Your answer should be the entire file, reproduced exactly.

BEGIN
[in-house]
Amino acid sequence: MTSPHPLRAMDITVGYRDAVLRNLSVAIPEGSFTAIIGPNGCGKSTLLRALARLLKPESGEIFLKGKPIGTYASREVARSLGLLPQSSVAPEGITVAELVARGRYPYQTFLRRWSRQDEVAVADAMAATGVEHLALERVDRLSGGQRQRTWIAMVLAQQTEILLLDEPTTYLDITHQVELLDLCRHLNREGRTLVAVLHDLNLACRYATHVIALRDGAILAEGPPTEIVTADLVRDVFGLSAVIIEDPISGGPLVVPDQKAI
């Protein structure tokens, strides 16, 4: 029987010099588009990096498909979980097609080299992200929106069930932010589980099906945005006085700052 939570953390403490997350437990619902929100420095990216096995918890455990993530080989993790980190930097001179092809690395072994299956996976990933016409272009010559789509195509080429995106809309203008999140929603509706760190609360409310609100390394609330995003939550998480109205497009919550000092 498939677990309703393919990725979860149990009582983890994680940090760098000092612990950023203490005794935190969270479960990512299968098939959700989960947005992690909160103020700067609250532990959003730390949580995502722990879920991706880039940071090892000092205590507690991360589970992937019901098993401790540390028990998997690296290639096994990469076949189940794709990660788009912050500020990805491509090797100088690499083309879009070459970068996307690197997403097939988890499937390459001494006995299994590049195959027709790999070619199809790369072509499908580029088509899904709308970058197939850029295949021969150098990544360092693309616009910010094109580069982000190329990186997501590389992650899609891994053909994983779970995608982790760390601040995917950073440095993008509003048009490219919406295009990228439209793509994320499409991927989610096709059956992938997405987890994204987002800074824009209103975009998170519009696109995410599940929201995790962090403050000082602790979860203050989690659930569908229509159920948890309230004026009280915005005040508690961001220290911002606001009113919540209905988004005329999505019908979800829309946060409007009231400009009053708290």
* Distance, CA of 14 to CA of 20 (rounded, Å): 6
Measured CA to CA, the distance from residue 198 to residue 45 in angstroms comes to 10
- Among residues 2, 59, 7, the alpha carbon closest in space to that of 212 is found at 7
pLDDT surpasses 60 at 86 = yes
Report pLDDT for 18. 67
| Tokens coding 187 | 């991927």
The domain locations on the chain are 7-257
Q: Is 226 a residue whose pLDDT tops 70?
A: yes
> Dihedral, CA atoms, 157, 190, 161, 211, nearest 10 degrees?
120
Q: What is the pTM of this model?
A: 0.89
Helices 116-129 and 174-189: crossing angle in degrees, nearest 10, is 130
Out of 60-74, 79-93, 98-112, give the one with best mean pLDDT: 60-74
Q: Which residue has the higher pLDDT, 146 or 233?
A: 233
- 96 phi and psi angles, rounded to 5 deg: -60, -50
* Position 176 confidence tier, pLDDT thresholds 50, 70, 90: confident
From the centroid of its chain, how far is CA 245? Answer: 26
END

[in-house]
Amino acid sequence: MTSPHPLRAMDITVGYRDAVLRNLSVAIPEGSFTAIIGPNGCGKSTLLRALARLLKPESGEIFLKGKPIGTYASREVARSLGLLPQSSVAPEGITVAELVARGRYPYQTFLRRWSRQDEVAVADAMAATGVEHLALERVDRLSGGQRQRTWIAMVLAQQTEILLLDEPTTYLDITHQVELLDLCRHLNREGRTLVAVLHDLNLACRYATHVIALRDGAILAEGPPTEIVTADLVRDVFGLSAVIIEDPISGGPLVVPDQKAI
């Protein structure tokens, strides 16, 4: 029987010099588009990096498909979980097609080299992200929106069930932010589980099906945005006085700052 939570953390403490997350437990619902929100420095990216096995918890455990993530080989993790980190930097001179092809690395072994299956996976990933016409272009010559789509195509080429995106809309203008999140929603509706760190609360409310609100390394609330995003939550998480109205497009919550000092 498939677990309703393919990725979860149990009582983890994680940090760098000092612990950023203490005794935190969270479960990512299968098939959700989960947005992690909160103020700067609250532990959003730390949580995502722990879920991706880039940071090892000092205590507690991360589970992937019901098993401790540390028990998997690296290639096994990469076949189940794709990660788009912050500020990805491509090797100088690499083309879009070459970068996307690197997403097939988890499937390459001494006995299994590049195959027709790999070619199809790369072509499908580029088509899904709308970058197939850029295949021969150098990544360092693309616009910010094109580069982000190329990186997501590389992650899609891994053909994983779970995608982790760390601040995917950073440095993008509003048009490219919406295009990228439209793509994320499409991927989610096709059956992938997405987890994204987002800074824009209103975009998170519009696109995410599940929201995790962090403050000082602790979860203050989690659930569908229509159920948890309230004026009280915005005040508690961001220290911002606001009113919540209905988004005329999505019908979800829309946060409007009231400009009053708290």
* Distance, CA of 14 to CA of 20 (rounded, Å): 6
Measured CA to CA, the distance from residue 198 to residue 45 in angstroms comes to 10
- Among residues 2, 59, 7, the alpha carbon closest in space to that of 212 is found at 7
pLDDT surpasses 60 at 86 = yes
Report pLDDT for 18. 67
| Tokens coding 187 | 């991927």
The domain locations on the chain are 7-257
Q: Is 226 a residue whose pLDDT tops 70?
A: yes
> Dihedral, CA atoms, 157, 190, 161, 211, nearest 10 degrees?
120
Q: What is the pTM of this model?
A: 0.89
Helices 116-129 and 174-189: crossing angle in degrees, nearest 10, is 130
Out of 60-74, 79-93, 98-112, give the one with best mean pLDDT: 60-74
Q: Which residue has the higher pLDDT, 146 or 233?
A: 233
- 96 phi and psi angles, rounded to 5 deg: -60, -50
* Position 176 confidence tier, pLDDT thresholds 50, 70, 90: confident
From the centroid of its chain, how far is CA 245? Answer: 26